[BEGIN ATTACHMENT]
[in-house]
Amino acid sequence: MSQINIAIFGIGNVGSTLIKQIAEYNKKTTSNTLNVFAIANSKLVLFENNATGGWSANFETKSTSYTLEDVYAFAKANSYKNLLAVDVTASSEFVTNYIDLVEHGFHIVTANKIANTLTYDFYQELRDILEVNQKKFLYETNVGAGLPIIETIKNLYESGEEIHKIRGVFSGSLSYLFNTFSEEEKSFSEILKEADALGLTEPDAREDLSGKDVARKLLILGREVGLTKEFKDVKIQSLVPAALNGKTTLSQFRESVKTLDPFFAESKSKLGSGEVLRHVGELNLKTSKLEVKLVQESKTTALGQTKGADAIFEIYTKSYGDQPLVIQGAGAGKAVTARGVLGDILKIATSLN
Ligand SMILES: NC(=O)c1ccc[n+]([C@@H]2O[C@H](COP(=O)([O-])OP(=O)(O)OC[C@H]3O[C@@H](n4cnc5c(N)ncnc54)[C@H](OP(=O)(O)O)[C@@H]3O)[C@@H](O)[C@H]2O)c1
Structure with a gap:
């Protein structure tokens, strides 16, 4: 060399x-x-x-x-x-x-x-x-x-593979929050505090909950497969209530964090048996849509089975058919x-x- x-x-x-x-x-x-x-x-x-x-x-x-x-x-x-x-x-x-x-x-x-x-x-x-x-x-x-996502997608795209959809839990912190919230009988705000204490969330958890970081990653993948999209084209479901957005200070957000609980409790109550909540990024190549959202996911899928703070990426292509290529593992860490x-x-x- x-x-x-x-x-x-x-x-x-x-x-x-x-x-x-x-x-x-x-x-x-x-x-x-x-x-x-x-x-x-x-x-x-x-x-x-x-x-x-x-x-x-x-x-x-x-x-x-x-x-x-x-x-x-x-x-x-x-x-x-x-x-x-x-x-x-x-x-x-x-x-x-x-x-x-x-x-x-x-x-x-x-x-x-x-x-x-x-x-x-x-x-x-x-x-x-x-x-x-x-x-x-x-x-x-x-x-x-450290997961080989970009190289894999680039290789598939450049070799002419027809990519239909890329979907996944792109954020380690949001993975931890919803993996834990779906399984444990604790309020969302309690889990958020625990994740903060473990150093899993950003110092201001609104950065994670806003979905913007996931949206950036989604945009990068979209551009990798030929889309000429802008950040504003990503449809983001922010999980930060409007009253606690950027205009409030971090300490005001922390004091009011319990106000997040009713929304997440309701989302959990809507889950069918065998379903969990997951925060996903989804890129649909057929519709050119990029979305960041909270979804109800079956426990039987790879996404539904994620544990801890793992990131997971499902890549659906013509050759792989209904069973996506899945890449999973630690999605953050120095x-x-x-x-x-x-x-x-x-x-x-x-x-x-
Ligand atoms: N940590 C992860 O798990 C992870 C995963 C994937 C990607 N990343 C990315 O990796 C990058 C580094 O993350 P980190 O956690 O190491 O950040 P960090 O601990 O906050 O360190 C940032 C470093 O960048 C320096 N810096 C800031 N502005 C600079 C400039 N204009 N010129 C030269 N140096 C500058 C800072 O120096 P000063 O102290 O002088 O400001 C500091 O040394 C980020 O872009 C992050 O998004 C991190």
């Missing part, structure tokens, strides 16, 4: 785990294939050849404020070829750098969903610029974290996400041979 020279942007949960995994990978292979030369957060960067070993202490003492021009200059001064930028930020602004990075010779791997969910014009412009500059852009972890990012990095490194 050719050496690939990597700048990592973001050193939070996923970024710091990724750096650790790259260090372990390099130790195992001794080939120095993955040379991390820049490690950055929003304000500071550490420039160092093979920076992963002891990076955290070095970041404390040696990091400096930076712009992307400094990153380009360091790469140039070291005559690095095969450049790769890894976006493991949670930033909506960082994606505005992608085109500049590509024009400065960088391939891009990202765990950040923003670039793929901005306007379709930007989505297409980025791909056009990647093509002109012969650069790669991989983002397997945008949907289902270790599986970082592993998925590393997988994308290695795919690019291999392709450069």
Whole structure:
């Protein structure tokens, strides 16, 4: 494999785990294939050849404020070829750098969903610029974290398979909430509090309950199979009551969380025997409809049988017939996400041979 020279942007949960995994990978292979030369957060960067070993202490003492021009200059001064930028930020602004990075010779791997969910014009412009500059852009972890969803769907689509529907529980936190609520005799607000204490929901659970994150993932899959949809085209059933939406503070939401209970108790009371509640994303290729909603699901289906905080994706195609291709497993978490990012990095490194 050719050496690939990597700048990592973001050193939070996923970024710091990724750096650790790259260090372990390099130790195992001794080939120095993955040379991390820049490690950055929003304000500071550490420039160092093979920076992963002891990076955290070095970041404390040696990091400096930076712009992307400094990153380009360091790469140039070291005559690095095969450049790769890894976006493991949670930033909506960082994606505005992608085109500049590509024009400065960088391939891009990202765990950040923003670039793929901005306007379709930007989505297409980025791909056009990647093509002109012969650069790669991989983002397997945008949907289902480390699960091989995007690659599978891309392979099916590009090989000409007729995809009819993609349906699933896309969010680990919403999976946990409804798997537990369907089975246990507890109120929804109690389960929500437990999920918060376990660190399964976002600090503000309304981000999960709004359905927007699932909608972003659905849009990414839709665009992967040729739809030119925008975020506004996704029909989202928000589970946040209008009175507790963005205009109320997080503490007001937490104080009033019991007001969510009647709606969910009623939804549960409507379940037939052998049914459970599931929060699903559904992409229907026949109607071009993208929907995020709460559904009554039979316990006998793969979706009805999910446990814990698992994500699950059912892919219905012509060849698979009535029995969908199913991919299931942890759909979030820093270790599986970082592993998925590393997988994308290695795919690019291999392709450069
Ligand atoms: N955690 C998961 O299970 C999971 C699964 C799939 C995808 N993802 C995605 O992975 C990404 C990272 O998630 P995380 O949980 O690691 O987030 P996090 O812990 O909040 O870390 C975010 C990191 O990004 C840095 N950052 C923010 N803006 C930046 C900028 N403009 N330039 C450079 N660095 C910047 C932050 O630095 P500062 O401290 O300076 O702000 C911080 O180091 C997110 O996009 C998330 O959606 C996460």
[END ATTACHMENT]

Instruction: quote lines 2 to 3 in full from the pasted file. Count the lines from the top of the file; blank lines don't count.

Amino acid sequence: MSQINIAIFGIGNVGSTLIKQIAEYNKKTTSNTLNVFAIANSKLVLFENNATGGWSANFETKSTSYTLEDVYAFAKANSYKNLLAVDVTASSEFVTNYIDLVEHGFHIVTANKIANTLTYDFYQELRDILEVNQKKFLYETNVGAGLPIIETIKNLYESGEEIHKIRGVFSGSLSYLFNTFSEEEKSFSEILKEADALGLTEPDAREDLSGKDVARKLLILGREVGLTKEFKDVKIQSLVPAALNGKTTLSQFRESVKTLDPFFAESKSKLGSGEVLRHVGELNLKTSKLEVKLVQESKTTALGQTKGADAIFEIYTKSYGDQPLVIQGAGAGKAVTARGVLGDILKIATSLN
Ligand SMILES: NC(=O)c1ccc[n+]([C@@H]2O[C@H](COP(=O)([O-])OP(=O)(O)OC[C@H]3O[C@@H](n4cnc5c(N)ncnc54)[C@H](OP(=O)(O)O)[C@@H]3O)[C@@H](O)[C@H]2O)c1